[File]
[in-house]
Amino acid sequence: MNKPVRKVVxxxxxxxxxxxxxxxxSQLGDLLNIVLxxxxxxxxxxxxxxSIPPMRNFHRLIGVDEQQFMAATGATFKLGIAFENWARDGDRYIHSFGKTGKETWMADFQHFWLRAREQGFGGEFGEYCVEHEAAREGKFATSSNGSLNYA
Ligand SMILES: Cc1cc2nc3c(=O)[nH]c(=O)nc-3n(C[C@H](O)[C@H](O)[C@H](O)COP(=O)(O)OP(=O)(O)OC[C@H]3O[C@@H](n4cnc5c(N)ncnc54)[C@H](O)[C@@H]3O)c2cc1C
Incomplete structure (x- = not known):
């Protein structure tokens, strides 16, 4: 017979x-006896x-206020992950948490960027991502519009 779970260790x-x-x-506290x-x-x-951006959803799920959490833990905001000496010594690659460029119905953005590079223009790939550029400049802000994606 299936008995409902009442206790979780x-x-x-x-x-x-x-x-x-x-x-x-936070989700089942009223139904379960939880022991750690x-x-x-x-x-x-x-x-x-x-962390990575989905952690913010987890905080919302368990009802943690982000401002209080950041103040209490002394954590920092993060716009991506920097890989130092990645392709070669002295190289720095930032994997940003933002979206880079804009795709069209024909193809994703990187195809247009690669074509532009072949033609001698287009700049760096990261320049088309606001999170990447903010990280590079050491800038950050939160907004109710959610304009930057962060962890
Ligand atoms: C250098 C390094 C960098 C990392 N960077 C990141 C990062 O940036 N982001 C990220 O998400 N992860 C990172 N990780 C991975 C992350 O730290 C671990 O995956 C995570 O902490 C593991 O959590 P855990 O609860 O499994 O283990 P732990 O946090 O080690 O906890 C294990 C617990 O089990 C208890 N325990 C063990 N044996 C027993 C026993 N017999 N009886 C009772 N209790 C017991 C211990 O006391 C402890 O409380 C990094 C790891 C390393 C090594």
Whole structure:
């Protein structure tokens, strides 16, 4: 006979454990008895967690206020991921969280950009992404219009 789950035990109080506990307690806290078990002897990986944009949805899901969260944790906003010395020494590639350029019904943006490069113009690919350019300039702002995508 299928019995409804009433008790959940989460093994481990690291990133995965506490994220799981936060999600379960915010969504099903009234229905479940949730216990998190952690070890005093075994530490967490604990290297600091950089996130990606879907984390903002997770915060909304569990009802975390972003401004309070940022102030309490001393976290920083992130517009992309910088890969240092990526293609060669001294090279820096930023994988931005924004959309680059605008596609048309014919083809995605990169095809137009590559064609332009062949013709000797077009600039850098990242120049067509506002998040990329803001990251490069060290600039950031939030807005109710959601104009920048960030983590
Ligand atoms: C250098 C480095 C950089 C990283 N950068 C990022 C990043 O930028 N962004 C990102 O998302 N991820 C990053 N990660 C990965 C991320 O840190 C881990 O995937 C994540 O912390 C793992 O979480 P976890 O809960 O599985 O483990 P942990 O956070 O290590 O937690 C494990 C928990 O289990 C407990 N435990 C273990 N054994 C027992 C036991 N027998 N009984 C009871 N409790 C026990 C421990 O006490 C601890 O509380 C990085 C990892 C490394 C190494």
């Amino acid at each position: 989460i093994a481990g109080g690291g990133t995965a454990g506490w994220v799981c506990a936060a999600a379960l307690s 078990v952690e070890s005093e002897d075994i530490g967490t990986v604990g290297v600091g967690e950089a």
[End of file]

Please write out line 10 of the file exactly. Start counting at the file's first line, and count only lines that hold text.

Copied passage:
């Amino acid at each position: 989460i093994a481990g109080g690291g990133t995965a454990g506490w994220v799981c506990a936060a999600a379960l307690s 078990v952690e070890s005093e002897d075994i530490g967490t990986v604990g290297v600091g967690e950089a």